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Happenings Around the Homestead

It is October 20 and we still haven’t had our first frost.  In fact, there is not one in sight, though that could change tomorrow.  The average first frost of the year is normally October 17 here, so it isn’t as if we are breaking new ground with a late frost, but it still feels as if we should have already had one.

Due to the weather outlook still looking like it will stay above freezing with no frost in sight for the next week, I have chosen to leave my super-hot peppers in the ground another week.  I am still getting about 3-5 ripe Carolina Reapers a week, and there are probably a dozen or more that could still ripen, so I plan to leave them in the ground as long as I can.  I am also going to pot my two Pineapple Sage plants as well, though I don’t have the room in the house to let them continue to bloom, so I am leaving them in the ground as long as possible too.

The work this weekend consisted of pulling up most of the tomato plants, which have really given out already, though they were still full of green tomatoes.  Even if they had ripened in time, they sure don’t taste like a summer tomato.  I did leave a few cherry tomato plants, as those are still palatable.  Once I was done with that, I planted three new types of garlic: Purple Glazer, Duganski, and Mount Hood.  Let me share a few pictures:

Purple Glazer Garlic

Purple Glazer Garlic

Duganski Garlic

Duganski Garlic

Mount Hood Garlic

Mount Hood Garlic

I have traditionally planted my garlic in my raised Square Foot Garden beds – wait, that is not true.  I have planted as much in the ground each year as I have the raised beds, but all of this new garlic has been planted in the ground.  I am hopeful that I have picked a location where the garlic will get plenty of sun in the spring and early summer.  Here’s a pic of the planting:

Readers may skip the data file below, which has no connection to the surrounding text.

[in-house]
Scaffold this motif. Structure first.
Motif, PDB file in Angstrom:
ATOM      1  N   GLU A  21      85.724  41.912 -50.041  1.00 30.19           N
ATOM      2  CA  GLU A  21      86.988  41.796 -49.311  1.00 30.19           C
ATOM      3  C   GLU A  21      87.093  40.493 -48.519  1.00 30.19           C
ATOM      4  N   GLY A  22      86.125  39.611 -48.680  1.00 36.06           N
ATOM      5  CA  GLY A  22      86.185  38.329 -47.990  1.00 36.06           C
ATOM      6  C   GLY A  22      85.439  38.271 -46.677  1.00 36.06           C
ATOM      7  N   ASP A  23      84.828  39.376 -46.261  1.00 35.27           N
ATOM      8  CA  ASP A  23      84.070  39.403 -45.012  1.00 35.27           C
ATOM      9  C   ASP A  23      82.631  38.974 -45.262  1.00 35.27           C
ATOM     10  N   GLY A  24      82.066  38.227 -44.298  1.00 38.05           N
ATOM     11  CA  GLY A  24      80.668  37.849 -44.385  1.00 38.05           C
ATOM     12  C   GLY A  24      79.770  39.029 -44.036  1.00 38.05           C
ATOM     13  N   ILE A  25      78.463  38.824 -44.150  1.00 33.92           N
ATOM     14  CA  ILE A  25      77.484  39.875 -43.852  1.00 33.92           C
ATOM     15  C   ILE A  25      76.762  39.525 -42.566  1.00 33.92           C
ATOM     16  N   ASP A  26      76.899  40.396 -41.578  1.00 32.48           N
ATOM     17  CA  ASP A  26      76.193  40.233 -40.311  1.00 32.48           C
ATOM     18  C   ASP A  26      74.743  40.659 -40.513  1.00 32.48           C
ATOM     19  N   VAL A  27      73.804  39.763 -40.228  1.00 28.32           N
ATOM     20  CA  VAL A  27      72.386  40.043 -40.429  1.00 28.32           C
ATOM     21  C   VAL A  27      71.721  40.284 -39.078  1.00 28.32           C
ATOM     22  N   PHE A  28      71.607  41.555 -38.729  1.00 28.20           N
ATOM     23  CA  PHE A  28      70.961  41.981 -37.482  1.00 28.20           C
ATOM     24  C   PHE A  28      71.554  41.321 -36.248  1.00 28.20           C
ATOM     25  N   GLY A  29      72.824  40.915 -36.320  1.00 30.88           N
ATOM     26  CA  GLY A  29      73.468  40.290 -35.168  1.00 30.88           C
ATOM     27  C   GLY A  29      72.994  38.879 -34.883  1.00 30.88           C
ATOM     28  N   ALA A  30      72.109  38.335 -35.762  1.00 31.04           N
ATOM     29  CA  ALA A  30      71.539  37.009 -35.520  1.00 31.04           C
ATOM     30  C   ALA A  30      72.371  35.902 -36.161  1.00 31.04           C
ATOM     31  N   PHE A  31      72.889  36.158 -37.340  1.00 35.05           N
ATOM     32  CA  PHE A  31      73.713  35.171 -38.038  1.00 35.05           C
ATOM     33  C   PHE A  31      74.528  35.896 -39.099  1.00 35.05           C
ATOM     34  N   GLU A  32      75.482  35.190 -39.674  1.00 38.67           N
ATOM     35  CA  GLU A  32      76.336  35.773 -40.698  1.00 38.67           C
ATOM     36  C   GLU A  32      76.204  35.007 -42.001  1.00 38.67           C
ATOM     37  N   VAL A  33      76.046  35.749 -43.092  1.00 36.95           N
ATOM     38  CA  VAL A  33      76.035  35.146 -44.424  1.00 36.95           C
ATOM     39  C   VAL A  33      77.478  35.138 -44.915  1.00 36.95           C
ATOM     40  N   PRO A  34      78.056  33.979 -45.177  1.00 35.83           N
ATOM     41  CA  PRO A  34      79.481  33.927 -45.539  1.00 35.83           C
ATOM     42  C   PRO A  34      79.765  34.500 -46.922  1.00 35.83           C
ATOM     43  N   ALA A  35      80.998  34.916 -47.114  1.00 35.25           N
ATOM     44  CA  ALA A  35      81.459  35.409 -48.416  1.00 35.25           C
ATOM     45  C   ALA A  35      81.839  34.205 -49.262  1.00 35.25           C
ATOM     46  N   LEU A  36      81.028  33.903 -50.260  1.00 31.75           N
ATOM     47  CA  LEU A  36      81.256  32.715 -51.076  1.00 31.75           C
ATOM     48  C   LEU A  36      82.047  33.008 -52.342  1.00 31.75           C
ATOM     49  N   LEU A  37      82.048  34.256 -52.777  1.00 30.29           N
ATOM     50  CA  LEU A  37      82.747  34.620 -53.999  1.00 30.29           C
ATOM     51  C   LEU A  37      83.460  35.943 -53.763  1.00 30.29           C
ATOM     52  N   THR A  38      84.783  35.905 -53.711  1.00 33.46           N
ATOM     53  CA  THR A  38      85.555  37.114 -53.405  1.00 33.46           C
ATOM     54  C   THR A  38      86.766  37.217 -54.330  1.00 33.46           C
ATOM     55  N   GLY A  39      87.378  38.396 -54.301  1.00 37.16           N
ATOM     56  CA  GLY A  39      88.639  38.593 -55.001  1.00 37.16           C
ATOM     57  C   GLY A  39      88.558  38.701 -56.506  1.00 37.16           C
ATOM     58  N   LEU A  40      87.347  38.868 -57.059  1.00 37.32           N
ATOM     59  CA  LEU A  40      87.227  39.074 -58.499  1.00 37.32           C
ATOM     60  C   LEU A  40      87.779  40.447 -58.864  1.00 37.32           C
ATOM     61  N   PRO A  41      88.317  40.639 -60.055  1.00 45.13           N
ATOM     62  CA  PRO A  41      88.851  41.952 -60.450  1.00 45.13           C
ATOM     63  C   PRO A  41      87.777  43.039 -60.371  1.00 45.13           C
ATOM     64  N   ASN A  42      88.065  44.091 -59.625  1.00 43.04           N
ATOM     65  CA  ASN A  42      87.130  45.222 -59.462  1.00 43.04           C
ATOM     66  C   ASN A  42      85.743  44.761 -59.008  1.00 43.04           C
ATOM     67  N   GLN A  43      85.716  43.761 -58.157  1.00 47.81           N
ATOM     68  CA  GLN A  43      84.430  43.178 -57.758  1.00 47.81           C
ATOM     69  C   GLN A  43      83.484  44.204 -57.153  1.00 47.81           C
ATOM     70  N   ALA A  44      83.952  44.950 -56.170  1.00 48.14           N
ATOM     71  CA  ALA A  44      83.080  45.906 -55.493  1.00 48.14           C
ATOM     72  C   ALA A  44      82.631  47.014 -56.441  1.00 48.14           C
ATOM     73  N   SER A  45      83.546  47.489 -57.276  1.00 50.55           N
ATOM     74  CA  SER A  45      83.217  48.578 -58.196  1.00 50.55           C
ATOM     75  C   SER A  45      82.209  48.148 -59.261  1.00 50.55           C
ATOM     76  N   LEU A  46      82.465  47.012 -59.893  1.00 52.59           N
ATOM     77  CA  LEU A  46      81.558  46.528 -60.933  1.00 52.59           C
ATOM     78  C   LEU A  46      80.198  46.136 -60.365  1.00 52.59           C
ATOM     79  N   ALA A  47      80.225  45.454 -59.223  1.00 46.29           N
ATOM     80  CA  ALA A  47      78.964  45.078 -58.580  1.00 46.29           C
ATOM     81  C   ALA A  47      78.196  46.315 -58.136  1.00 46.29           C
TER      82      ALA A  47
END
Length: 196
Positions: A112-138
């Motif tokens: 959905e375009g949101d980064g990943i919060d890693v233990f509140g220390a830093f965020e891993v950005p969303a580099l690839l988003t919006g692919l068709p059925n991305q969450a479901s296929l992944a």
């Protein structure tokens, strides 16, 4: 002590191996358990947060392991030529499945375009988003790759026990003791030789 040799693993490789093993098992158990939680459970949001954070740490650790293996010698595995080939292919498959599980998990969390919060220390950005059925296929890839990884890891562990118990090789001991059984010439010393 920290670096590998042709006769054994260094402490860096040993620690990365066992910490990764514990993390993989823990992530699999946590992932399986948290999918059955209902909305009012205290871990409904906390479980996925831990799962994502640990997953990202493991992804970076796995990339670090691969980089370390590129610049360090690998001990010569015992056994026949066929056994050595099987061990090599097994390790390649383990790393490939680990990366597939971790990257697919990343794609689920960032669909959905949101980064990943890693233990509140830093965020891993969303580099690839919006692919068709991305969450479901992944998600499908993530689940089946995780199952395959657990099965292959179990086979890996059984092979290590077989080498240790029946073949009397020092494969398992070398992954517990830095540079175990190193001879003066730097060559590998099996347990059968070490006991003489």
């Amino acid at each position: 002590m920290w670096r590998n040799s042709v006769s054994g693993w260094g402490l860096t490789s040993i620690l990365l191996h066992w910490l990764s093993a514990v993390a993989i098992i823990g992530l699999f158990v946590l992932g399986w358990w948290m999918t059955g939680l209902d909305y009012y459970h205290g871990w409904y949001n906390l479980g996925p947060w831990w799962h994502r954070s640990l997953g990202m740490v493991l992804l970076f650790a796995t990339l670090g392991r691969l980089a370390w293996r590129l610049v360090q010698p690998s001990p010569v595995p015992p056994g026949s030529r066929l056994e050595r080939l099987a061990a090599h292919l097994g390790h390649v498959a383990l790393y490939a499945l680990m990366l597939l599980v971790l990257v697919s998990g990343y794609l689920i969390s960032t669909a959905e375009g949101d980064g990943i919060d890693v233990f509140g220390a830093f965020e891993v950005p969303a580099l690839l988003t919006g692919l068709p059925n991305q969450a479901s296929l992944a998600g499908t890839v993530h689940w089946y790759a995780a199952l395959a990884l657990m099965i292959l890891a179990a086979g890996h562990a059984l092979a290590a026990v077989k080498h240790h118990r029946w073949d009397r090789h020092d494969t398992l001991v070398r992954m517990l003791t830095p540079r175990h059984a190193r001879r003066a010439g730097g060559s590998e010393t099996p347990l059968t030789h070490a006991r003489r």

Planting Garlic

Planting Garlic

Though some say the garlic needs to be a couple of inches deep, I have always just put mine right below the surface and then ensured there was adequate ground cover to protect it from cold weather.  I suppose I might regret this if we have a bitter cold winter, but it hasn’t failed me yet.

The one last harvest I look forward to this year is the sweet potatoes.  This is a new crop for me, last year being the first year I attempted to grow it, to no success.  This year I have changed things up a bit, and I am hoping to have a nice crop of them to harvest after the first frost.

I think that has covered the happenings of the week, but don’t miss out on tomorrow’s post on the chickens – you will be surprised!

 


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